Keeping Warm, Record Lows, and Other Winter Season Highlights

This installment of an ongoing feature looks at the necessity of keeping warm in winter, record low temperatures, and the sights sky watchers can expect to see in December 1994 and throughout 1995.
By Fred Schaaf
December/January 1994

When winter season temperatures hit record lows — which they have even in such balmy climes as Florida and Hawaii — keeping warm is a necessary for survival.
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I believe my first article for MOTHER EARTH NEWS was in 1982. Through the early 80s I contributed a major section on astronomy for the magazine's almanacs of that period. And during the entire decade I was writing one or two articles on sky sights and phenomena every year.

I've always enjoyed the magazine, and its people — I remember with great fondness the many talented and friendly staff members I've worked with here over the years. No other magazine does what MOTHER EARTH NEWS does so well. Here's to another 25 down-to-earth, straight-from-the-heartland years for this magazine, more indispensable than ever!

Keeping Warm in Winter's Dangerous Chill

With the winter season upon us, keeping warm becomes an imperative. Cold weather in most parts of the United States has the potential to be more than uncomfortable — it can kill and maim. The body attempts to conserve heat by constricting blood vessels near the skin and by shivering. When these mechanisms are insufficient, frostbite and hypothermia can be the result.

Frostbite is an actual freezing of the skin, a formation of ice crystals that can damage living tissue. People usually recover completely from the milder cases, but severe frostbite can lead to permanent and painful sensitivity to cold or even to death of tissue requiring amputation of the affected extremities.

Hypothermia can be even worse. It is the state the human body enters when its core temperature drops below about 95°F. A person becomes disoriented, at first shivering violently but then less. The next stages can be unconsciousness and death.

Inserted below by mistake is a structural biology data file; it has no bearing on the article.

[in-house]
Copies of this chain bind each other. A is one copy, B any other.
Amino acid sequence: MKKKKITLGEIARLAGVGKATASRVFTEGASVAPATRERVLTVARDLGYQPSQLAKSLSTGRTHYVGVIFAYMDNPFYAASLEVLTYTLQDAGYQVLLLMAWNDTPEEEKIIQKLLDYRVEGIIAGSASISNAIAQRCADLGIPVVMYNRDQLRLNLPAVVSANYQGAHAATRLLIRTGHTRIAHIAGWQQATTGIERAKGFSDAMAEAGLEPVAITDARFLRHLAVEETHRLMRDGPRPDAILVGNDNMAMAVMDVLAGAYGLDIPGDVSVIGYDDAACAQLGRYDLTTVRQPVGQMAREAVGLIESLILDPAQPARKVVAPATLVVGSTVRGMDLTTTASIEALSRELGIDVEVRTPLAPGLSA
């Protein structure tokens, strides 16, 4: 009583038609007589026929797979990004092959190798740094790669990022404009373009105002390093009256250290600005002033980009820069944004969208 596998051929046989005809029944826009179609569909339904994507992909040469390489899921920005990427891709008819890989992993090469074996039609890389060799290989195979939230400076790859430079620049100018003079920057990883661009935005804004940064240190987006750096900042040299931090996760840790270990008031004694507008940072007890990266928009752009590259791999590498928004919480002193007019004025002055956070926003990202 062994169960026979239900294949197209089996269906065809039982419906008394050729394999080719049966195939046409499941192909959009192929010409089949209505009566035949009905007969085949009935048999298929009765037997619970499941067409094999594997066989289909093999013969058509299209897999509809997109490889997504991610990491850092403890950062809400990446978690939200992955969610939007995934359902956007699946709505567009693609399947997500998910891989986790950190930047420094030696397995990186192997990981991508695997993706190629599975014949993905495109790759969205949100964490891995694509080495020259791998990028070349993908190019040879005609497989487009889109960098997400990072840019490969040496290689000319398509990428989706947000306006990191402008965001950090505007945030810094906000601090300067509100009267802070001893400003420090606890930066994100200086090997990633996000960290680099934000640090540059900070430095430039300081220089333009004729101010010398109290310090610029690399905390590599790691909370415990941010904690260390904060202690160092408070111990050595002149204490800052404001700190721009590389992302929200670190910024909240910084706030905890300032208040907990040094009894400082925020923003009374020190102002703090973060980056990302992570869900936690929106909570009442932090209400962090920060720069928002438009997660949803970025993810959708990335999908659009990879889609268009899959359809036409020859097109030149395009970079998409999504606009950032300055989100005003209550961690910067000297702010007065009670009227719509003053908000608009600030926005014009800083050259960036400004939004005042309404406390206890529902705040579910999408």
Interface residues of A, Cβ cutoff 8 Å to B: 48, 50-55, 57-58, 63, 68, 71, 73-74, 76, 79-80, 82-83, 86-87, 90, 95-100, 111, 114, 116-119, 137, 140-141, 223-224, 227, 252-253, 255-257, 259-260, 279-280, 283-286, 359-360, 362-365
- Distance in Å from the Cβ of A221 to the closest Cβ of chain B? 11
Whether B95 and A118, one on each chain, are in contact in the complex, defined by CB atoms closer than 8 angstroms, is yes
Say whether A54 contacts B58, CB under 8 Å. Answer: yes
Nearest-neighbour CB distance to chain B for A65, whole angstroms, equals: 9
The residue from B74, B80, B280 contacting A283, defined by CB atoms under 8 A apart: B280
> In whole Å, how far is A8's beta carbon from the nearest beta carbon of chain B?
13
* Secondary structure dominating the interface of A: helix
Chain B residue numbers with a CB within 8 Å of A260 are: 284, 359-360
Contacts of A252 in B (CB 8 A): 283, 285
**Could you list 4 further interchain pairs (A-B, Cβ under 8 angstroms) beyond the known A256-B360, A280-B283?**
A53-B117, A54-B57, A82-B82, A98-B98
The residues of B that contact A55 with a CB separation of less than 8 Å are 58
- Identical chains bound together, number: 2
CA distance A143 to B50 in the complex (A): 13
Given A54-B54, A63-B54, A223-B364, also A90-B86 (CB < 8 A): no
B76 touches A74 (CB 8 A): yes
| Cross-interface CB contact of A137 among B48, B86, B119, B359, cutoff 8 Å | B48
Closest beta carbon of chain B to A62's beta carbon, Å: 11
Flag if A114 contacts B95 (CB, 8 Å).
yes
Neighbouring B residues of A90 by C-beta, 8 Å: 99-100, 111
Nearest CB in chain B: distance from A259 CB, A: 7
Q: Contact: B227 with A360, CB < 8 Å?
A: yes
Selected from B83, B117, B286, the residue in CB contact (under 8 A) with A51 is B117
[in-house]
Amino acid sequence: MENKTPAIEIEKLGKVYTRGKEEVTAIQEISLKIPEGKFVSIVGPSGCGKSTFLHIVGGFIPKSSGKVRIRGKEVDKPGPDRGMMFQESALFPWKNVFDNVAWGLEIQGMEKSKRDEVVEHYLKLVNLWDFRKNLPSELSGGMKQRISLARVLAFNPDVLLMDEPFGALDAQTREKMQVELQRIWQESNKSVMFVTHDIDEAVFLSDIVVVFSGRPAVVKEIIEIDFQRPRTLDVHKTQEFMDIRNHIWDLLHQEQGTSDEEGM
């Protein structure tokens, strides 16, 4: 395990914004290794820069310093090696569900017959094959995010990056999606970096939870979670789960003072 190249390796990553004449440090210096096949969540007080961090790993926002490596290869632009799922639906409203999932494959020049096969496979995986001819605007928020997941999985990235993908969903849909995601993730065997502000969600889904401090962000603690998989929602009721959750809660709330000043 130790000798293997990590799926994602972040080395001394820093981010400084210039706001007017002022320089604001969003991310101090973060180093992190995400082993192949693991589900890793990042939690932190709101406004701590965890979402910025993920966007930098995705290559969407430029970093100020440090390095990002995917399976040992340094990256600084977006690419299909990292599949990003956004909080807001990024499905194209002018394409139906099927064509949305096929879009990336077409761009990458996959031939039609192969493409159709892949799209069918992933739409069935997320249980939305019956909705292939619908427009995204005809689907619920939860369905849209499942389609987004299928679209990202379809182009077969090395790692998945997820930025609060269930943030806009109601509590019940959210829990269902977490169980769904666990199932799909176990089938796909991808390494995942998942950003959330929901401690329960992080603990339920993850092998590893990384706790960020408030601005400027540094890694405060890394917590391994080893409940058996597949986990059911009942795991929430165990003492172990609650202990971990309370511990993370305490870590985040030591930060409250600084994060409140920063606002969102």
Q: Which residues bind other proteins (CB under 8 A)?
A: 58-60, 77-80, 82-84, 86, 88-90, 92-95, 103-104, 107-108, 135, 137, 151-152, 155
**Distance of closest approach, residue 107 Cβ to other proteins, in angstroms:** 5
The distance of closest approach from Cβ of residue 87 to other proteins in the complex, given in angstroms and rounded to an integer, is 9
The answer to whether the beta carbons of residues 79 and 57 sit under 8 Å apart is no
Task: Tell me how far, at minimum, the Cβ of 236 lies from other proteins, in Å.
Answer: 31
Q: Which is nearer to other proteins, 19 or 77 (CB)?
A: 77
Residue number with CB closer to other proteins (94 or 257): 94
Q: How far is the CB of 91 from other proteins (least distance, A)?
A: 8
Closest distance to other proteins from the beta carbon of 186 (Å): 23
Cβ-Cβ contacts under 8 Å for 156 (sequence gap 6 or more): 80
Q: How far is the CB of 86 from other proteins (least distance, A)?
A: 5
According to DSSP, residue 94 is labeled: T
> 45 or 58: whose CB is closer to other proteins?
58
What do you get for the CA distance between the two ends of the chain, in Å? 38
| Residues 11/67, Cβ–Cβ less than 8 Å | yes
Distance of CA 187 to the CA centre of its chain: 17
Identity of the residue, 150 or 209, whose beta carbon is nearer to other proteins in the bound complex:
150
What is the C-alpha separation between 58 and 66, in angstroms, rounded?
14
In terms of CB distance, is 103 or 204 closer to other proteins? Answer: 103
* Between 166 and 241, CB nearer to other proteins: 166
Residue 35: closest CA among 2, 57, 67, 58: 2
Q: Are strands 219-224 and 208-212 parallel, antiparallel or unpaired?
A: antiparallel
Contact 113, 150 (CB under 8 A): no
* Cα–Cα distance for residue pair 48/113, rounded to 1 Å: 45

Most people know that a large fraction of the body's heat escapes from the head and neck, so it is crucial to keep these covered. This is particularly true when the windchill reading is low (the wind carries away your escaping body heat much more rapidly), so be sure to consult your TV or radio weather forecast for this figure. Also consider how active you will be outside. Fatigue makes the body more susceptible to the cold, but moderate exercise can keep you warmer — a Canadian study shows that a person who will be standing still outside should dress for temperatures 20 to 30 degrees colder than someone who is taking a brisk walk.

Caffeine and tobacco should be avoided because they restrict circulation in the extremities. Alcohol is even worse because it dilates capillaries in the skin, causing heat loss. And believe it or not, drinking water can have a major positive effect in keeping you warm in winter! My astronomy colleague Alan MacRo bert turned up the very little-known fact that dehydration is a major cause of chills and other bad feelings in cold weather. Cold winter air is usually very dry (the cooler air is, the less moisture it can hold), but cold suppresses the body's thirst mechanism. So you tend to drink less than you should. And when the body gets low on water, it tries to conserve fluids by reducing circulation to the
extremities.

Record Lows: The Coldest It Gets

How cold does it get in Alaska? The all-time low temperature is minus 80 degrees Fahrenheit at Prospect Creek Camp on January 23, 1971. Think of it: that temperature is to zero degrees Fahrenheit what zero degrees Fahrenheit is to a typical summer afternoon. Still, you might say, Alaska is up there near the North Pole. Surely, down here in the "lower 48," we never approach such levels of incredible frigidity. Yes, we do. On January 20, 1954, the temperature in Rogers Pass, Montana, nudged minus 70 degrees Fahrenheit.

Even the warmest states have had some amazingly low temperatures. Florida's coldest on record is Tallahassee's minus 2 degrees Fahrenheit on February 13, 1899 (the southern tip of Florida, excluding the Keys, has experienced freezing weather and snow on the rarest of occasions). The official record low for Hawaii is (can you believe it?) 12 degrees. There is a catch with the Hawaii record, though. The temperatures down at sea level in that tropical land basically never drop below the 50s, but it can get much colder up on the mountains which can have snow down to about 5,000 feet elevation.